Stowe evolved from an English Baroque garden into a pioneering landscape park. The progression is of the greatest interest. Although the end result does not have quite the drama which one might expect from such a famous place, there are many fine buildings and composed scenes. In the 1690s Stowe had a modest early-Baroque parterre garden, owing more to Italy than to France. This has not survived.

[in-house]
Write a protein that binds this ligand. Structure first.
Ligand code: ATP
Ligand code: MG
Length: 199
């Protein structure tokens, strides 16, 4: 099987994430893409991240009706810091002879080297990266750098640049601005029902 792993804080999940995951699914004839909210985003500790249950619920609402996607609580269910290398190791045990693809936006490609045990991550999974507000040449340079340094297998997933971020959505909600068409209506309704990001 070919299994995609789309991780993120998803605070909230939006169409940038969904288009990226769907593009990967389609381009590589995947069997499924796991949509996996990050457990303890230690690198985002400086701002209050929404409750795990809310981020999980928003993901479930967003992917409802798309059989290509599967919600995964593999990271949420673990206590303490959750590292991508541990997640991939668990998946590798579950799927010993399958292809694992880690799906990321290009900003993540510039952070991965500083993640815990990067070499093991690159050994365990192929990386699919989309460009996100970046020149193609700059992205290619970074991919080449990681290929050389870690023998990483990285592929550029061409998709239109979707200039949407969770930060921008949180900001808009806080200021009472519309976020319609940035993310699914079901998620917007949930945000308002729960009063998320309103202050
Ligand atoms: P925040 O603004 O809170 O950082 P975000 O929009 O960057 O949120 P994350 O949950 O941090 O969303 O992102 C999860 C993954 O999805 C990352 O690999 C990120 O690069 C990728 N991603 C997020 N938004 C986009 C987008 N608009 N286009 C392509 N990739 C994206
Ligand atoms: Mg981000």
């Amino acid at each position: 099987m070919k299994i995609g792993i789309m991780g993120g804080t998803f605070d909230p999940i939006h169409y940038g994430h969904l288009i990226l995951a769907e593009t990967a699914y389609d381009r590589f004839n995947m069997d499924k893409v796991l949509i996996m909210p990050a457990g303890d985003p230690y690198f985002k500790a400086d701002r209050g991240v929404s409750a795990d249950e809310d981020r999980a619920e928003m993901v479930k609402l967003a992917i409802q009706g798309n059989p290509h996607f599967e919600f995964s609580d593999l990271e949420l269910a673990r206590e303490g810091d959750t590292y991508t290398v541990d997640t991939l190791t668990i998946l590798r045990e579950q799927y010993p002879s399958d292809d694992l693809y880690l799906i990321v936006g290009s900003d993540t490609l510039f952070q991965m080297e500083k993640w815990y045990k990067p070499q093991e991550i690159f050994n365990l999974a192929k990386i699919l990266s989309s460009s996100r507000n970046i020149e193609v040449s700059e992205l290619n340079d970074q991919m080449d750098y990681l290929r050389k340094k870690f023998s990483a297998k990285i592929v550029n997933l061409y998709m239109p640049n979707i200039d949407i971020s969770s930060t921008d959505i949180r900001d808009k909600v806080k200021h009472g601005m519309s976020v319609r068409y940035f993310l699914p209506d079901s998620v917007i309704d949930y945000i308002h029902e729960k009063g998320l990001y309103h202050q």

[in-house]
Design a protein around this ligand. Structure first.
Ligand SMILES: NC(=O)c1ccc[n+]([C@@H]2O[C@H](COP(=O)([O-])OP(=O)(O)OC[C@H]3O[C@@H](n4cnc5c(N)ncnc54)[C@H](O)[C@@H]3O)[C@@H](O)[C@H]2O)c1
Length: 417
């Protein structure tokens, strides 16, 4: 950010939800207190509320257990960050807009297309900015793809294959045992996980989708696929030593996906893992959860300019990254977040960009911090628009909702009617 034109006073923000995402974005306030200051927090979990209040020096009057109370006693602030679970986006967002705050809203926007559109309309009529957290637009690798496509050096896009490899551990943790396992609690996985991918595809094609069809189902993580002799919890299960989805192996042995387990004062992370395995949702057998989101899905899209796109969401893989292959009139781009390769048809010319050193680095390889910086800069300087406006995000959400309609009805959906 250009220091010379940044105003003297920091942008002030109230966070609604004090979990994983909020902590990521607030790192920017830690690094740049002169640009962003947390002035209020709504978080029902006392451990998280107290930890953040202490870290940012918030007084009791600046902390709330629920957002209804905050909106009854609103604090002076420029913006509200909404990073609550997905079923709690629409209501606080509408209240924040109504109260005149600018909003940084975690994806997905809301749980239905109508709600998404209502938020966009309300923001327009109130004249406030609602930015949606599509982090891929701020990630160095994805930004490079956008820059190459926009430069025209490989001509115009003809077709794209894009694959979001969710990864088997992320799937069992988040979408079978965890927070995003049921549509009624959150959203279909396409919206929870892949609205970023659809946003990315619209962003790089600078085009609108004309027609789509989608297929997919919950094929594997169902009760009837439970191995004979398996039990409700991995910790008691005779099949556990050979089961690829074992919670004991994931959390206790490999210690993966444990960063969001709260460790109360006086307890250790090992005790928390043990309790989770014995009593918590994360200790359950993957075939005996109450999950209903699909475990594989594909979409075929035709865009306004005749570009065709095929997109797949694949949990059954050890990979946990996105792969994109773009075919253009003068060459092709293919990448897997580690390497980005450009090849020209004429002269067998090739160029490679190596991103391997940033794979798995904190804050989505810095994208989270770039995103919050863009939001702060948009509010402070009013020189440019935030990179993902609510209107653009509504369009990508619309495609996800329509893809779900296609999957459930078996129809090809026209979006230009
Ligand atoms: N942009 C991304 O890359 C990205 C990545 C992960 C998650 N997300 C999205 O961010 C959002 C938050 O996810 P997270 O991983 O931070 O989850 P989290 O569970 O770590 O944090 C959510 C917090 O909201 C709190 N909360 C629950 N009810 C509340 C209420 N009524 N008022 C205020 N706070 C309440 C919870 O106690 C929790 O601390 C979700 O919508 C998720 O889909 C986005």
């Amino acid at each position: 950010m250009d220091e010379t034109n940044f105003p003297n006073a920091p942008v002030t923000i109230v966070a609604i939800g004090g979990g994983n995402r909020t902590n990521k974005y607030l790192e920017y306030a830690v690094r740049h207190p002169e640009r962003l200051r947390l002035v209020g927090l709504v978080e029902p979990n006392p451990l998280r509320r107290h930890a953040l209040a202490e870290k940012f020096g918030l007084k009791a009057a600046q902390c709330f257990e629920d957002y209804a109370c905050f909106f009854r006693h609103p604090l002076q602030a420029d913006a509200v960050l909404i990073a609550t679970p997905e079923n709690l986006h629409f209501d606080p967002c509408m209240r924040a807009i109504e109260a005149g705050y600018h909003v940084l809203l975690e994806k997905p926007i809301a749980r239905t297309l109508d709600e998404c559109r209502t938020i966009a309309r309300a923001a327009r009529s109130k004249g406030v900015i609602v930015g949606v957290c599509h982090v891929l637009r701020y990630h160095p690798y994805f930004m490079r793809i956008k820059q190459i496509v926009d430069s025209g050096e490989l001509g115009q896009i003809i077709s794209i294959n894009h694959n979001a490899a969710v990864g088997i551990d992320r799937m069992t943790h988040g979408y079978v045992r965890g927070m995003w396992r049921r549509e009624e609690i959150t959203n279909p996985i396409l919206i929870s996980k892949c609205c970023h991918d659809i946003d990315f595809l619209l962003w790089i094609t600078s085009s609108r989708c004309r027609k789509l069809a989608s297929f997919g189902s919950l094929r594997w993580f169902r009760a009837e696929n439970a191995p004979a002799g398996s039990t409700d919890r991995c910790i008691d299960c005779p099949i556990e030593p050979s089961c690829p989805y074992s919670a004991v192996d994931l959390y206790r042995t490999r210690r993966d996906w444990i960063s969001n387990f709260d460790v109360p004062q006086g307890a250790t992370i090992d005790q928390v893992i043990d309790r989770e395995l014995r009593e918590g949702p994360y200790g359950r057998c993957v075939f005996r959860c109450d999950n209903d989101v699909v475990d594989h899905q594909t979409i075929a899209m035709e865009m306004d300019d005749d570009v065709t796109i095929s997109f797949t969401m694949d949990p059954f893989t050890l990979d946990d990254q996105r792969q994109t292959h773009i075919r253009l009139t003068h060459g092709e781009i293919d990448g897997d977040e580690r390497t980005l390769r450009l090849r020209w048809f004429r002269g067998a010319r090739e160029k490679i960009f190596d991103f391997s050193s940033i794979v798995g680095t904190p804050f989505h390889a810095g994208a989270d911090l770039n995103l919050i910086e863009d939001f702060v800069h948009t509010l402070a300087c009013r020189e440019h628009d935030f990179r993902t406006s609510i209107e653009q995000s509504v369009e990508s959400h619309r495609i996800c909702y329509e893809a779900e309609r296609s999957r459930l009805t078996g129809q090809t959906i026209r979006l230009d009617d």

In the 1710s and '20s Charles Bridgeman (garden designer) and John Vanburgh (architect) designed an English Baroque park, inspired by the work of London, Wise and Switzer. In the 1730s William Kent and James Gibbs were appointed to work with Bridgeman, who died in 1738. Kent and Gibbs designed more temples. Stowe began to evolve into a series of natural pictures, to be appreciated from a perambulation rather than from a central point. Kent's Temple of Ancient Virtue (1734) looks across the Elysian Fields to the Shrine of British Worthies. A Palladian Bridge was made in 1744. In the 1741 Lancelot 'Capability' Brown was appointed head gardener. He worked with Kent until the latter's death in 1748 and his own departure in 1751. Bridgeman's Octagonal Pond and Eleven Acre Lake were given a 'natural'shape. Brown made a Grecian Valley which, despite its name, is an abstract composition of landform and woodland. As Loudon remarked in 1831, 'nature has done little or nothing; man a great deal, and time has improved his labours'. Stowe is said to be the first English garden for which a guide book was produced. The Cobham monument has been restored and shows the owner in Roman dress.